A collection of extraordinary tales from the ordinary paths of life, Two Minutes to an Eclipse and Other Moments by Anshu Choudhry is a book that shook me, leaving me off guard, taken by surprise, and somewhat intimidated at what life can eventually transpire into and what the future may hold and decide to bring our way.
Life and its pursuits are so wondrous, so strangely marvellous. And yet, many a time, I sit back and think, Why is it so difficult, so brutal and callous…
And yet again, I happened to read a work that caused me to reconsider the fundamental aspect and purpose for which God created us and this life in the first place. So much pain, such complexities. And yet, we take pride in obsessing over nothing, knowing that in the end, we will all be reduced to dust. Why stubbornness? Why insensitivity?
You know, every now and then, there will be that single instance, that single moment in one’s life, that defines it all, that lays it all bare. And yet, there are some others that may redefine these altogether. Such moments, instances, which are poised to shock, thrill or change the way we perceive life is what have been brought forth in the form of short stories by Anshu Choudhry through her latest Two Minutes to an Eclipse and Other Moments”
These “capsules of life,” as I want to refer to them, are powerful enough to shake and jolt you out of your comfort zone, getting you out of that reverie you may have settled into. Written surely after having poignantly examined life at extremely close quarters, I was pleasantly surprised when I realized that all of these unique little “windows” to the daily ongoings of life had a plethora of thoughts to convey. All of these stories had a depth so profound that I was actually intimidated by the takeaways quite a few of them seemed to offer.
Take the story Sour Butter, for example. The manner in which little Mini initially is in awe of and avoids and “hates” her great grandmother, eventually developing fondness, respect, and most importantly, “love” for her, was such a heartwarmer and so relatable that the tale almost felt like, “Yes, I know this one, have seen it before my eyes, amongst my own kith and kin somewhere.” That descriptiveness, the pictographic details describing Mini’s household, how each day of her life begins, the way she describes the character sketches and her perception of each, was so resonating, like a smidgeon of “umami” amidst a vat full of earthy sweetness!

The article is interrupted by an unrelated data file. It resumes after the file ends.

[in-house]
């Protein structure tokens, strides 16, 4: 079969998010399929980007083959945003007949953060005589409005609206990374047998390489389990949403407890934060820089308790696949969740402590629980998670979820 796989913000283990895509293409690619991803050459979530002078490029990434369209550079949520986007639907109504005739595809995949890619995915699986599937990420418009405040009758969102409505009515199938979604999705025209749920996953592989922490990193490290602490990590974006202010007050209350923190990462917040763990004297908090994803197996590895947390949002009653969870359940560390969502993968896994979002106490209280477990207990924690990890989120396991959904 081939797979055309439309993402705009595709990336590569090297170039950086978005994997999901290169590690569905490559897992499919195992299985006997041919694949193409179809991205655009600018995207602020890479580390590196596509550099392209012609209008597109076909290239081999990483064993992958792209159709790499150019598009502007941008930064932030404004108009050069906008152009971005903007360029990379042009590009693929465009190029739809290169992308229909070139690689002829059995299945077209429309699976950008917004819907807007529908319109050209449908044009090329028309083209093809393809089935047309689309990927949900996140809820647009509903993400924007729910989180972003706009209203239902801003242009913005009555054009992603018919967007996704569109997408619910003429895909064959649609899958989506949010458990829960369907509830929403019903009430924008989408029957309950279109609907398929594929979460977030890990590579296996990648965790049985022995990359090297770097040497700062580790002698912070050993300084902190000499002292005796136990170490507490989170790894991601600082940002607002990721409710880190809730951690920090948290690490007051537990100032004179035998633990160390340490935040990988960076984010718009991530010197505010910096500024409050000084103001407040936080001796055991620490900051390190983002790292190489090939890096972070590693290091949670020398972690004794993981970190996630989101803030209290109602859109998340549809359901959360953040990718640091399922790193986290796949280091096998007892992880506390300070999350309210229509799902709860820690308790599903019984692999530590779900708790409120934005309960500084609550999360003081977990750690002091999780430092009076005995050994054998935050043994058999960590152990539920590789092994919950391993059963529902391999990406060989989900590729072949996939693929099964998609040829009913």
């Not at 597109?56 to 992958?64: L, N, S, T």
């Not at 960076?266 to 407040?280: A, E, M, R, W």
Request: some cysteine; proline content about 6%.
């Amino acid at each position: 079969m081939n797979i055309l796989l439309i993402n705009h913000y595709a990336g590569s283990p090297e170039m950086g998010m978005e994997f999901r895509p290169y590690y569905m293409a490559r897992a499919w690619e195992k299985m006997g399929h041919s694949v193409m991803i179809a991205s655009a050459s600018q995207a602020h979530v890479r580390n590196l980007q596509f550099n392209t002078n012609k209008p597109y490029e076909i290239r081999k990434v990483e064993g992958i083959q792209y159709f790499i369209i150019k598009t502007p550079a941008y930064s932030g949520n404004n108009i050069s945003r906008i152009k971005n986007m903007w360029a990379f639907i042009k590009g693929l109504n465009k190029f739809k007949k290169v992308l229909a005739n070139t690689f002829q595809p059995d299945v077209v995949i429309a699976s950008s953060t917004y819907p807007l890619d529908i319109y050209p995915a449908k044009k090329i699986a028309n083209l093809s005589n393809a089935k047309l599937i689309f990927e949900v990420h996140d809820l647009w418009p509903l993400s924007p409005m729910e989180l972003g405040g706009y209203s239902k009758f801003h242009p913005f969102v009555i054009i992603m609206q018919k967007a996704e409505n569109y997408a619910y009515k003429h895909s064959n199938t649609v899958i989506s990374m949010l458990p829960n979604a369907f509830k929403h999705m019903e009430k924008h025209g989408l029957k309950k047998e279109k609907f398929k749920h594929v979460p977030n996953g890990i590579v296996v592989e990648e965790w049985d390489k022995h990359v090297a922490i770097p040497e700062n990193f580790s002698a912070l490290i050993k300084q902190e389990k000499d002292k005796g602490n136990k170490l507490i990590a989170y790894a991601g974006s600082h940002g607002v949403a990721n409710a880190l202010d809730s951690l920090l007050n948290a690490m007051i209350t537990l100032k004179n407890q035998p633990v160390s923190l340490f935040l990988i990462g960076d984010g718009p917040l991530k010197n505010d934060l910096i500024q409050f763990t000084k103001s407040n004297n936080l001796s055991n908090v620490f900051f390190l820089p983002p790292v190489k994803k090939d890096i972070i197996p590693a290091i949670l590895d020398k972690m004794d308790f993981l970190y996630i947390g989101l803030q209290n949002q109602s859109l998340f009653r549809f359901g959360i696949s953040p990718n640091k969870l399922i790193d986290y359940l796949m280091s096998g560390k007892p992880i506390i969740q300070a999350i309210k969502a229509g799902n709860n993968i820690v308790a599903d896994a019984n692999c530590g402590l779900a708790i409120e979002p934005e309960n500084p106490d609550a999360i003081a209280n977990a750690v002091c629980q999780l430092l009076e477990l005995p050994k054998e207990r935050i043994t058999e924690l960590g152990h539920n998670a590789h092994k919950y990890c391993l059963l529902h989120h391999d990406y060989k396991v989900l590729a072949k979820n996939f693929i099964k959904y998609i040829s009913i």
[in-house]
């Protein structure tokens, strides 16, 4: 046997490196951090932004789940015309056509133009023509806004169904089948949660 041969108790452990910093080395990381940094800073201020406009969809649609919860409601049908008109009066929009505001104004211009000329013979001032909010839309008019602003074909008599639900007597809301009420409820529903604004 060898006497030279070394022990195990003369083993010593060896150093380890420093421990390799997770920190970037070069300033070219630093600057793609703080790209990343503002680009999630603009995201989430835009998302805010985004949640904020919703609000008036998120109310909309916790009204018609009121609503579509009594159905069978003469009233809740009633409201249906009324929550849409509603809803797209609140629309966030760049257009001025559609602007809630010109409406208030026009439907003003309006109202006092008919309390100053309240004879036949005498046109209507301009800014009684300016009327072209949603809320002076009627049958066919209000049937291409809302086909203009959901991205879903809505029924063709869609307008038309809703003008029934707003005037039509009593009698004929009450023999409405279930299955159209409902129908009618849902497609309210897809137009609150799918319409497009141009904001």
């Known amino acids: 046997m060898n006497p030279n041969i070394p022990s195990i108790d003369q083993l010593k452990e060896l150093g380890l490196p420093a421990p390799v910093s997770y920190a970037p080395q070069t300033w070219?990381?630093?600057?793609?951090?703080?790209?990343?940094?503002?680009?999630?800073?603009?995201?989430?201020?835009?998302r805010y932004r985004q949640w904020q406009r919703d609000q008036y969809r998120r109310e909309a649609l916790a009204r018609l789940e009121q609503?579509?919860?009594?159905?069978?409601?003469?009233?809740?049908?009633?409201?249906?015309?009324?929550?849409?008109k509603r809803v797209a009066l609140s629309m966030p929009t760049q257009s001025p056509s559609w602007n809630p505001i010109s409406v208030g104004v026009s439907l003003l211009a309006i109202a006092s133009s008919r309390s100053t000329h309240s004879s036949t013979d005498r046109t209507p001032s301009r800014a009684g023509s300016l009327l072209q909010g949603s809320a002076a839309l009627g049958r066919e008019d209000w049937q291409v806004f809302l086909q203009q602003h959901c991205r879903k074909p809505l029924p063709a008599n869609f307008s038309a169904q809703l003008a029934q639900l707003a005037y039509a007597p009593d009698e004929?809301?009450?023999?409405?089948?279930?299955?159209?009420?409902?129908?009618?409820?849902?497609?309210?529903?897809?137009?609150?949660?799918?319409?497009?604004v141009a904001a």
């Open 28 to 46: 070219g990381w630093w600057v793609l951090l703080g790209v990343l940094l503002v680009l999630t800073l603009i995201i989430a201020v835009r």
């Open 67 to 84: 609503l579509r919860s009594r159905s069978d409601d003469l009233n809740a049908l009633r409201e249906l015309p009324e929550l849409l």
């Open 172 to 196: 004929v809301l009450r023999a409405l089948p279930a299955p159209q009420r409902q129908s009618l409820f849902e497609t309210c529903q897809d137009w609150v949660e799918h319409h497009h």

The innocence of youth, the harsh realities of the world, society and its stereotyping, and the entire way life proceeds and moves forward, like a giant bull elephant shaking all qualms like drops of water away from its mighty tusks, are the subjects of this collection, an abstract honouring and celebrating what might “shake off” of the elephant called life.
Another tale that I absolutely loved was “A Photograph.” So unsettling, uncanny, and yet so full of the dark realities of life that we know, are aware of, but refuse to accept. When life rolls on with its grim secrets, we rarely consider why that particular secret is being kept, and that it is being kept from us.
There was the story “Two Minutes to an Eclipse,” which depicted the superstitious side of societal mindsets. Toying with the ideologies of religious beliefs and faiths, Anshu has pulled this one off very well.
And boy, did I love the tale of “The Red Stilettos” or what? Nina is such a refreshing character. This is a perfect example of the quagmires that a woman may face in her lifetime. The manner in which Anshu has portrayed Nina’s refusal to accept “moving on,” still trying to beat age by casting it away as a number, and fighting the insecurities surrounding her marriage, was an intense experience to take in. Is beauty really all about the exterior self, as society chooses to acknowledge? Isn’t a relationship much more than simply being physically attractive and satisfying each other? Isn’t it also about maturing and growing old together in a marriage? I was aghast and saddened to see how Nina chooses to drag herself along the path of the social bandwagon like a rag doll rather than following her inner calling. but could also relate to her trying to battle her waning youth and the loneliness that followed.
Yes, every character was the “person next door” kind. Ordinary characters, and yet extraordinary moments, are being created through each and every tale, thrilling, educating, and apprising readers, making them privy to that life-changing moment, the instance we may have never fathomed and yet come face to face with.
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The Red Stilettos is my personal favourite story because it expresses so many emotions in such a short amount of time. Kudos to Anshu for portraying and reflecting so many idiosyncrasies of the world and life and challenging their rationale in a completely neutral tone. Written in lucid language, these tales are a must-read and will surely make you go back and grab the tiny yet highly significant themes and ideologies being conveyed through each one of them. A great read.
Two Minutes to an Eclipse and Other Moments
So, I hope you guys liked my thoughts on Two Minutes to an Eclipse and Other Moments by Anshu Choudhry.
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Tags: Short Stories, book of short stories, short stories by Anshu Choudhary, Life slices